What’s the Most Overlooked Option for Engine Swaps?

The Chevy LS and Honda K-series aren't the only good engines out there, folks.

Toyota

GM's LS and Honda's K-series may be great engines, but they're far from the only ones capable of cracking the thousand-horsepower barrier. There are almost innumerable other solid engines out there, many of them without the branding clout of Hellcat, but capable of outrageous power all the same.

In celebration of this increasingly neglected body of engines, we're wondering: What's the most overlooked option for engine swaps?

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Ford Barra inline-six

Given its fade from mainstream popularity, it's tempting to invoke the famed Mitsubishi 4G63, though that'd be hasty considering how well-respected it still is in Japanese (and some Korean) car circles. Instead, let's cast the limelight on a pair of turbo-sixes from opposite corners of the globe, starting with the Ford Barra.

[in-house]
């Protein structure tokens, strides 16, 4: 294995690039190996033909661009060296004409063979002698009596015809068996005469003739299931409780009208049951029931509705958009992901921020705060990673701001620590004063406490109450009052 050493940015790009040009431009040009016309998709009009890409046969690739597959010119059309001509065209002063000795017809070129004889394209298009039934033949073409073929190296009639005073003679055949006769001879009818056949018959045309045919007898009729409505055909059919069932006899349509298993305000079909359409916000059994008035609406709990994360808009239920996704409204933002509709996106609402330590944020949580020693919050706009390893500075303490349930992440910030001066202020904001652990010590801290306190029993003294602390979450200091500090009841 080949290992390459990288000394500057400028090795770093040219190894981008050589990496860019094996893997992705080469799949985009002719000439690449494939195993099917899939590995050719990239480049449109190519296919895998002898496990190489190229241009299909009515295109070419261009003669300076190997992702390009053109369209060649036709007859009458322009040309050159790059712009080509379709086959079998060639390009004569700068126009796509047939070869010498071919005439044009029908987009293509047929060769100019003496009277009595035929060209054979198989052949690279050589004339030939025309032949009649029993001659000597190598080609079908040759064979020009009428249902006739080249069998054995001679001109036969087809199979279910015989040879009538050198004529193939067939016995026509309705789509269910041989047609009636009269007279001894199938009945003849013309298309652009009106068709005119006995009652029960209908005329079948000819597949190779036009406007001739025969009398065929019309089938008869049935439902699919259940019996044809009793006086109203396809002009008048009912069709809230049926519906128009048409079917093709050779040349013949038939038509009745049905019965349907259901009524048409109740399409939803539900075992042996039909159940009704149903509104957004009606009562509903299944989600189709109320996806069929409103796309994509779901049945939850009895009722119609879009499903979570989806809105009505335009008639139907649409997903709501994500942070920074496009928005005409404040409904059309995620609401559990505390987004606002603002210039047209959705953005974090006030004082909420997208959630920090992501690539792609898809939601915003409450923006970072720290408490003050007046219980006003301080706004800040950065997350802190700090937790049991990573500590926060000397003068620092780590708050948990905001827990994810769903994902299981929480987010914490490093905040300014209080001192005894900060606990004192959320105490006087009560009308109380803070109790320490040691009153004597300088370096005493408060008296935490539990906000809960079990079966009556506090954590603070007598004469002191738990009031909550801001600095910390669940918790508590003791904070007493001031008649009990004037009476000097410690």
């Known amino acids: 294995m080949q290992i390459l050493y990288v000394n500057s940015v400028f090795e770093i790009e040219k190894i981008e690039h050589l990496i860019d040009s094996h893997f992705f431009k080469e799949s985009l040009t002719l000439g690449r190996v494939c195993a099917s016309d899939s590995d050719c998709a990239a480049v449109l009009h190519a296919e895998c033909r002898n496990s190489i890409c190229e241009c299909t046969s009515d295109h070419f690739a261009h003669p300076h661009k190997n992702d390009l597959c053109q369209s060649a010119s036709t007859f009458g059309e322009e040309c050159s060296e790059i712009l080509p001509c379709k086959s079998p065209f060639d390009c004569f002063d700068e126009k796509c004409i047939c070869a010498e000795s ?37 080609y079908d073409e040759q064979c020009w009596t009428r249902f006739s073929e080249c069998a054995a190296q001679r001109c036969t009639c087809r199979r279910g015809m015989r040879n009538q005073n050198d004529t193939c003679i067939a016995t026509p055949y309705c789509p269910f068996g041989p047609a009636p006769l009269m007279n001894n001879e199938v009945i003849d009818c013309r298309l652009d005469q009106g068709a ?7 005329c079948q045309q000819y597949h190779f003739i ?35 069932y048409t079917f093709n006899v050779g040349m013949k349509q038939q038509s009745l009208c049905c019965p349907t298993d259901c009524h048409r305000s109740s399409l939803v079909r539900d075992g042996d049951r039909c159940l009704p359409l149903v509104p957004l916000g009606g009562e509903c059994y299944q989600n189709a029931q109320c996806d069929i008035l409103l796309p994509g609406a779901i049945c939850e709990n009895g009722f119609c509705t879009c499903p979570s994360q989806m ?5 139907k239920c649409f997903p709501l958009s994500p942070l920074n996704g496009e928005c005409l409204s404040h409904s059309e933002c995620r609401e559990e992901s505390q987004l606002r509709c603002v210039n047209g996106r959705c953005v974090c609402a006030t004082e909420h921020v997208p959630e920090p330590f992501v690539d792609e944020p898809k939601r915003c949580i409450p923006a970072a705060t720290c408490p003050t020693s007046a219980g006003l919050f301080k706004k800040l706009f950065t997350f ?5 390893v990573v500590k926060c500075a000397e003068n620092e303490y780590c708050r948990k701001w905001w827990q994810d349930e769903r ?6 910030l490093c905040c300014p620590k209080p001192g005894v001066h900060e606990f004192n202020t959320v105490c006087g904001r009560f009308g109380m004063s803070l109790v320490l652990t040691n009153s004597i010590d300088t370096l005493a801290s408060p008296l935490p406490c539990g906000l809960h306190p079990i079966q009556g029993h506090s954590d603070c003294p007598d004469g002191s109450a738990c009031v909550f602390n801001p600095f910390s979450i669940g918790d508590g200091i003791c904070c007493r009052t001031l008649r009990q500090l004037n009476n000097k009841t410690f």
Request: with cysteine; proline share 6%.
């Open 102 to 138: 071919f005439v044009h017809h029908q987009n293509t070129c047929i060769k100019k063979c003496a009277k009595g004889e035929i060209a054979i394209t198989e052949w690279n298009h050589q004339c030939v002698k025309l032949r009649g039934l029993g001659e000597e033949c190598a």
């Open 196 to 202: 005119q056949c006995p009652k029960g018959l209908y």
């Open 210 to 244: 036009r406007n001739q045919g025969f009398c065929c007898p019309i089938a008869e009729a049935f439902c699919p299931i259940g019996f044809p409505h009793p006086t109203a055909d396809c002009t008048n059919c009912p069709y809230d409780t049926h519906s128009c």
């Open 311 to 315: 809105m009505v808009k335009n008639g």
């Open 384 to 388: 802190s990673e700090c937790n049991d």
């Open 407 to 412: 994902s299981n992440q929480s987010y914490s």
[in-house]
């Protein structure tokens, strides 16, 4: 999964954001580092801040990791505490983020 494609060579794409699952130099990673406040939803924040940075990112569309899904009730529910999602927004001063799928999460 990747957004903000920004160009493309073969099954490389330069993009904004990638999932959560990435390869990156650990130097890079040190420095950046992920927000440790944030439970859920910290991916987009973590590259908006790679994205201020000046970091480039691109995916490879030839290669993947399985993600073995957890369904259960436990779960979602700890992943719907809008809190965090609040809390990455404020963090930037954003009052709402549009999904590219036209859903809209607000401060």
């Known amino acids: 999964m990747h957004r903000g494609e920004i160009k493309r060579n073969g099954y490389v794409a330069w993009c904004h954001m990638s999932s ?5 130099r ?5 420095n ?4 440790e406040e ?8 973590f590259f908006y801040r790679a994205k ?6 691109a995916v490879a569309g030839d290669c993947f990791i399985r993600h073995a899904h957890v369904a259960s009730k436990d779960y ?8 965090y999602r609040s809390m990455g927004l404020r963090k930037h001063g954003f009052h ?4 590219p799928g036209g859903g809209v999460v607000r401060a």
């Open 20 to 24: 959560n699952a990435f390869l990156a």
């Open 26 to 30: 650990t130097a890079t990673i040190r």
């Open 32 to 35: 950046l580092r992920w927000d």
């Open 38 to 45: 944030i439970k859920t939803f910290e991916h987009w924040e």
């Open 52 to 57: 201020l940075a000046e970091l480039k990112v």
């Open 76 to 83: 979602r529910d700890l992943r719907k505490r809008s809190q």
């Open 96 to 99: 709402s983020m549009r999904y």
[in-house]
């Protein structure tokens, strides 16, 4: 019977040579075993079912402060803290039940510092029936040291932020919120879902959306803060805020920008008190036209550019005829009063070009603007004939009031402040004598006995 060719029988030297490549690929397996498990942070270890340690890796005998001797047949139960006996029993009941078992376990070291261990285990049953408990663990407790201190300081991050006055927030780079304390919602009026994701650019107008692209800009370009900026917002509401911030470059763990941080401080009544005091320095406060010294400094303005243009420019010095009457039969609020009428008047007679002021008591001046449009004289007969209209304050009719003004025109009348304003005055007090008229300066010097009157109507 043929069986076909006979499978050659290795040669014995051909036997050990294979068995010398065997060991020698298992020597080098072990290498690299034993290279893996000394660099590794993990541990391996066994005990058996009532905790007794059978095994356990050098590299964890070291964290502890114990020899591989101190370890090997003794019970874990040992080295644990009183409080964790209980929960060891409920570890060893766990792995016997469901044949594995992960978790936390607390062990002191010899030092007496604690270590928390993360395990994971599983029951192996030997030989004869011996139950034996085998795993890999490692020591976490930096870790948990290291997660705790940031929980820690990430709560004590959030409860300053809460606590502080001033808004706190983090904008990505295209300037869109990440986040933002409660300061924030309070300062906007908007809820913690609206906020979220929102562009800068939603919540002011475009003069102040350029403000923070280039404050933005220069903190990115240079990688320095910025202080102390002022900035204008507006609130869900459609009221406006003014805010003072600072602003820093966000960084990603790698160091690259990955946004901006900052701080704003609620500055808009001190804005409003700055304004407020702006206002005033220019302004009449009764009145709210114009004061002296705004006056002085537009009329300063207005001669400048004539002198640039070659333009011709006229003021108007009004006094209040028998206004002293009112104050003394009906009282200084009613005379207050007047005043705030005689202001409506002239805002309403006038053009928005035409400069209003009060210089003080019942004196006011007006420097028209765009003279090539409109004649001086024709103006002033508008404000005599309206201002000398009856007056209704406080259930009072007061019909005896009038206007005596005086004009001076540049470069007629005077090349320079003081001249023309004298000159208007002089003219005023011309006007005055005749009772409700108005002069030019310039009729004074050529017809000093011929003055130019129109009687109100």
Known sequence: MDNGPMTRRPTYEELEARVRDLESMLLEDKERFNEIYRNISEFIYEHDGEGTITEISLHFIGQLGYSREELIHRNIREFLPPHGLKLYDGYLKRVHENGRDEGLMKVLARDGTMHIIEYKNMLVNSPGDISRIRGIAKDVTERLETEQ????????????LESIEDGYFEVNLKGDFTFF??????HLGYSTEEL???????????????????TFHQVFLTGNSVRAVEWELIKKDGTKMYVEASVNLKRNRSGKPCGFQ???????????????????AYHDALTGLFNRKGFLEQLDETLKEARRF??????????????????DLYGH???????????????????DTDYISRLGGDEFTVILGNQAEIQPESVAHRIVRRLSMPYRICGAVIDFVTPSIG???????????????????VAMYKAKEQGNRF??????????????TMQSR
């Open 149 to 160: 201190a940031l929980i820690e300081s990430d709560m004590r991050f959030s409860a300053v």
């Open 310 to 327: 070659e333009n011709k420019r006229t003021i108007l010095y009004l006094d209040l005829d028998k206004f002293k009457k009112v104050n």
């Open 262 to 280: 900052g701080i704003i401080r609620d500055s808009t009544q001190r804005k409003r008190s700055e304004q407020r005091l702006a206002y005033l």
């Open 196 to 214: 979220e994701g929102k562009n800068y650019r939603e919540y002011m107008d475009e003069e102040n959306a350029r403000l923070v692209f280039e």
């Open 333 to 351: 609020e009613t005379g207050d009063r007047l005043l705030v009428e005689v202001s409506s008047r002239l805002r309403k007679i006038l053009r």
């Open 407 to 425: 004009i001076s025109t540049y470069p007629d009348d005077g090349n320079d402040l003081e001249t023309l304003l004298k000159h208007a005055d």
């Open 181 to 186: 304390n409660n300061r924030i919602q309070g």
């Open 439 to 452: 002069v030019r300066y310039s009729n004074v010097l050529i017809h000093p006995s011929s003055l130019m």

Hailing from the Land Down Under, turbocharged Barra inline-sixes powered high-performance variants of the Ford Falcon that, with some tuning, were worthy rivals to their V8 counterparts. Throw enough money at a Barra, and you can get one beyond even the 2,200 wheel horsepower mark; not something you can boast about just any engine. As it was never available in any Ford sold Stateside, however, Barra swaps are relatively uncharted territory to us Americans, who are more familiar with BMW's comparable N54.

Available in much of BMW's lineup in the late 2000s, the N54's twin turbochargers, forged factory internals, and under-stressed stock fuel system make it a popular engine with the Bimmer crowd. Tuning guides and performance parts retailers alike maintain that it's $1,500 in parts away from being a 500-horsepower engine, granting M-level performance at 335i pricing. It's almost a wonder it hasn't been adapted for use in more cars—seems like more than enough motor for an E23 7 Series to me. If the E23 didn't rob you blind any time it breaks, that is.

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